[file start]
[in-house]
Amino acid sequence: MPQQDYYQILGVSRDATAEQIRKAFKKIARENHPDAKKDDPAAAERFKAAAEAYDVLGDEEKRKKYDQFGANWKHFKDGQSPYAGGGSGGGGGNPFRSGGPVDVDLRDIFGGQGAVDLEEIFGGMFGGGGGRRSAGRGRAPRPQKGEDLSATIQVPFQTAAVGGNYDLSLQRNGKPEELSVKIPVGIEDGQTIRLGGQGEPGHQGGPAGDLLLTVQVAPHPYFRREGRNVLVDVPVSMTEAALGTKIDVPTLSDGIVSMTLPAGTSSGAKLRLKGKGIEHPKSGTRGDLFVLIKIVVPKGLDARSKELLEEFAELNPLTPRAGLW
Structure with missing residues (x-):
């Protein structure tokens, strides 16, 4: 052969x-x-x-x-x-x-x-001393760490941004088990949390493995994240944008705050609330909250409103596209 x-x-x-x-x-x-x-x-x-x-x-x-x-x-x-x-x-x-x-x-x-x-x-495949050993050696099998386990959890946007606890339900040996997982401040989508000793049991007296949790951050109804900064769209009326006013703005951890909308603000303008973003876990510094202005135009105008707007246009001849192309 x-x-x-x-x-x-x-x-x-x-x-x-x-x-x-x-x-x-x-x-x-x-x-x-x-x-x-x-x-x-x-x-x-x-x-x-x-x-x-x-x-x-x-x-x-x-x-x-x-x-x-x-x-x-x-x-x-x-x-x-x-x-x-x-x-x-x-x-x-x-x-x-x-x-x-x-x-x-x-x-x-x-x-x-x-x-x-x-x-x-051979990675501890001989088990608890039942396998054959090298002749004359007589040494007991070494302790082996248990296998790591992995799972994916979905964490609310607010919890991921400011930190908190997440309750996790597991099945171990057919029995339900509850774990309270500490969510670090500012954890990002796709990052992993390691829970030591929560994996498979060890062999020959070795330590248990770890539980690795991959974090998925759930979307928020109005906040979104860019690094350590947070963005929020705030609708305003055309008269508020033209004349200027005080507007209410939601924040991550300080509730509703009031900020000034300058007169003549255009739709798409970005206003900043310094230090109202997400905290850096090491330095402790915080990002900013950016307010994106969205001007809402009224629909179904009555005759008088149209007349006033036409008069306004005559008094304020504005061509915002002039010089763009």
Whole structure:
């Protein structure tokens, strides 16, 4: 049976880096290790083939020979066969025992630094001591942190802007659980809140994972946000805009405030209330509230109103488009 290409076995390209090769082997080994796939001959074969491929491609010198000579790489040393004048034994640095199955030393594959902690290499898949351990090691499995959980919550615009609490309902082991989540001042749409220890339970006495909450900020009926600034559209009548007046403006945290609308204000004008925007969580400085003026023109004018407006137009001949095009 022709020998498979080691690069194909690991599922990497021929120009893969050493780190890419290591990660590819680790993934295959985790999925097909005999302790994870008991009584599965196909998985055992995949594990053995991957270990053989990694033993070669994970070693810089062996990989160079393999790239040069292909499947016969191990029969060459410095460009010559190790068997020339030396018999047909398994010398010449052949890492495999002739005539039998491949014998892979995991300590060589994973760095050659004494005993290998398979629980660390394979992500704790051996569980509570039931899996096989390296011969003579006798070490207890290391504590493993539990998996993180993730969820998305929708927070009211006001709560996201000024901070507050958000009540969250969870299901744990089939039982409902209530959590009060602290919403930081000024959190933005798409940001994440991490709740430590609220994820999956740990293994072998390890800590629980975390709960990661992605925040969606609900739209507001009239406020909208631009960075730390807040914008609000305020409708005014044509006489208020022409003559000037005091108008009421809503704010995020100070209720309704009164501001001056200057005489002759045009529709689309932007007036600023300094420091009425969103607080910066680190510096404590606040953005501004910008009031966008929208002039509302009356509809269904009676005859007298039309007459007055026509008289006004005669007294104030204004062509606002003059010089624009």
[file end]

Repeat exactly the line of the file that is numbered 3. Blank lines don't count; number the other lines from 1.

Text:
Structure with missing residues (x-):